I’m always excited to find a fresh voice, and that’s the case with Traci Brimhall. I’ve had her collection Our Lady of the Ruins (Norton) next to my desk for months, but it was running across her on Facebook that prompted me to ask her for an interview and re-visit the poems. And they are brilliant poems.
In addition to Our Lady of the Ruins, Traci is the author of Rookery, which was a finalist for the ForeWord Book of the Year Award. Plus, she recently won the first ever Diode Editions chapbook contest for Bright Power, Dark Peace, which she co-wrote with Brynn Saito. Learn more about Traci Brimhall at her website.
Here’s a poem I especially enjoyed from Our Lady of the Ruins:
The Visitation, by Traci Brimhall
In the new dream, we search for a sacrifice,
put our fingers in our own wounds,
wake with our hands over each other’s mouths.
Boys return from war as men who know
two languages. We learn three so we will know
the message when we hear it. The street prophet
says, If God is your enemy, rejoice, for the darkness
remembers you. In the old dream, we readied
our stainless altar, but a wolf stole our offering.
We were lucky enough to sing the song once,
but we couldn’t bring the dead any joy. Men ask
to borrow our sadness so they won’t have to feel
their own. Yes, we say and kissed their arms. Yes, trees
cover us with shadows. We give the prophet money
to save something we’ll never see. In the first dream,
men accept a new ecstasy. Our breath shows itself
to us and disappears. As we enter the woods,
the astonished wolf lifts its mouth from the lamb.
What are you currently up to?
I’m currently working on a series of poems set in a small river town on the Amazon where mysterious things keep happening and everyone has a different explanation for the miracles and curses plaguing them.
The poems in Our Lady of the Ruins tell a larger story. Do you write poems as one-offs, or do you write with a collection in mind?
I feel like the poems cohered as I chose a final ordering for the book, though I didn’t write the poems with a certain structure or overarching narrative in mind. I knew all my poems were about a mid-apocalyptic wandering, but the nature of the poems ranged really widely as I wrote. I cut over a couple dozen poems from the final draft because they didn’t fit with the narrative that emerged through ordering.
You play with form throughout Our Lady of the Ruins, whether it’s “Hysteria: A Requiem” or the title poem. How much do you play with structure when writing and revising your poetry? Do you go through a similar process each time?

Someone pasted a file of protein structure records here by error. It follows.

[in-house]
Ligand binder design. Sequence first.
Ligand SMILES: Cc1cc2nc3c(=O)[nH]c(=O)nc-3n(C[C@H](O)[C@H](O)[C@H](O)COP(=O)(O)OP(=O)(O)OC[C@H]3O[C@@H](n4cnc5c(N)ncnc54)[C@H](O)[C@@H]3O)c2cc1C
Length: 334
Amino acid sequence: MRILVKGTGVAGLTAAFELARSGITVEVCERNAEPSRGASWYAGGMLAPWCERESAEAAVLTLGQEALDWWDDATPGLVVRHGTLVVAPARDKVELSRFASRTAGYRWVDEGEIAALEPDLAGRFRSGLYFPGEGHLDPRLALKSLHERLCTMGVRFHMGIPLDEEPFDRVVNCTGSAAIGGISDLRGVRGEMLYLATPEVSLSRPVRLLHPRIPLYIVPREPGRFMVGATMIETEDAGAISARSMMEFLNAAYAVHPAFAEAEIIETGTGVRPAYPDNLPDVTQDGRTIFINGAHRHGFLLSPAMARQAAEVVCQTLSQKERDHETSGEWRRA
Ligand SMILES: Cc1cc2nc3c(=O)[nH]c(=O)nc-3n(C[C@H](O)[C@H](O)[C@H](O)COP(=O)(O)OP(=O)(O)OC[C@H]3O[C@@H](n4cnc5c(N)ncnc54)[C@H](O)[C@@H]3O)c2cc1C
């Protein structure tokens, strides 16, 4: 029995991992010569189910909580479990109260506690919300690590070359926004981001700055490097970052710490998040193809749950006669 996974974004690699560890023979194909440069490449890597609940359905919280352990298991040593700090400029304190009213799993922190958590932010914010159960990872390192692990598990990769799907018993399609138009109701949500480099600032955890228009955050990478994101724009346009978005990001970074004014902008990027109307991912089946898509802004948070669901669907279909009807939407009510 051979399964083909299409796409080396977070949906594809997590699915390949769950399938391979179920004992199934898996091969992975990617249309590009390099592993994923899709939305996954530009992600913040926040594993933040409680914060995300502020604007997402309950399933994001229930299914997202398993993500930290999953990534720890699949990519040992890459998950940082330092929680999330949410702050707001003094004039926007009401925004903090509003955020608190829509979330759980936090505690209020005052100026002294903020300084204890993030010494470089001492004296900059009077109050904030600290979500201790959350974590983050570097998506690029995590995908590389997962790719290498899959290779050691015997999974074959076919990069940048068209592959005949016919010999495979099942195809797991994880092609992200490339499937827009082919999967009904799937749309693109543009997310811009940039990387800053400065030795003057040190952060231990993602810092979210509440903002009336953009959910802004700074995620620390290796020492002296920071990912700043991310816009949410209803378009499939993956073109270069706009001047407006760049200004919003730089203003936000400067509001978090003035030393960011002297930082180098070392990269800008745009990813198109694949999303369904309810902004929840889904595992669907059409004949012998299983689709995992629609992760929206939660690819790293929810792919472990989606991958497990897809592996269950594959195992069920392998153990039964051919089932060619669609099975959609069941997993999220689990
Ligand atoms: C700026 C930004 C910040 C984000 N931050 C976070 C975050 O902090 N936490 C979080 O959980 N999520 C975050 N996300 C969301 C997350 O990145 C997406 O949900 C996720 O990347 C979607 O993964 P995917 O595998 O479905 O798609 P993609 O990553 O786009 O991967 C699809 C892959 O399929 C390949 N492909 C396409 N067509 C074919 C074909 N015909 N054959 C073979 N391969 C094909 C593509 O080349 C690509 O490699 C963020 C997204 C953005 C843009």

Most of my poems have some formal play, whether it’s immediately evident or not. I often create some sort of formal restraint on my work (sometimes before beginning, sometimes after I’ve finished a draft), because it helps me decide what images and bits of language are essential to a poem and what I should probably cut. I’m a hoarder in poems, and I need rules to keep from cluttering up what the poem is trying to say.
Your chapbook Bright Power, Dark Peace recently won first place in Diode Editions chapbook competition. It’s also co-authored with Brynn Saito. How did the collaborative process work on that chapbook?
Before we began writing together, we created a lot of rules. It was really important to me that we contribute equally and that one of us didn’t feel unrepresented or drowned out in the poems. One person opened the poem and set the structure (couplets, tercets, etc.), and the next person wrote the next stanza and passed it back. The person who began the poem also ended it, and since that person had a greater amount of creative control in that way, the other person got to edit it once it was done. Working out a balance of powers between friends is not something I’ve ever had to do before, but having boundaries seemed even more important because we’re such good friends.
Your collections have won several awards. Do you submit exclusively to contests for your collections?
When I started submitting my first collection, I wasn’t very aware of open reading periods and most of the books I read seemed to be contest winners. I submitted to a couple of open reading periods for my second book, but I heard back from a contest before I heard back from them.
Your best poetry moment—what is it?
There are lots of moments, I think. I’m grateful to the poems I’ve read by strangers and the dead that gave me clarity about myself and the world. I’m grateful to the poems I’ve been able to write that seemed to be smarter than I am. I’m grateful for all the things poetry has brought to my life, from travel to good conversations to the greatest friends a person could hope for.
Finish this statement: I think poetry should _____________.
Be read aloud in bed.
Who (or what) are you currently reading?
Coming of age narratives in graphic novels. The last one I finished was called Epileptic by David B.
If you could only pass on one piece of advice to fellow poets, what would it be?
Just in case there are other poets like me out there who started writing because they loved it and then grew to judge themselves harshly every time they wrote because what they wrote wasn’t as good as they wished it was, I would say that every time you want to get mad at yourself or give up on writing, love it harder. Poetry has always given me way more than I could give it, and I believe it can do that for everyone.
Thank you for participating, Traci!
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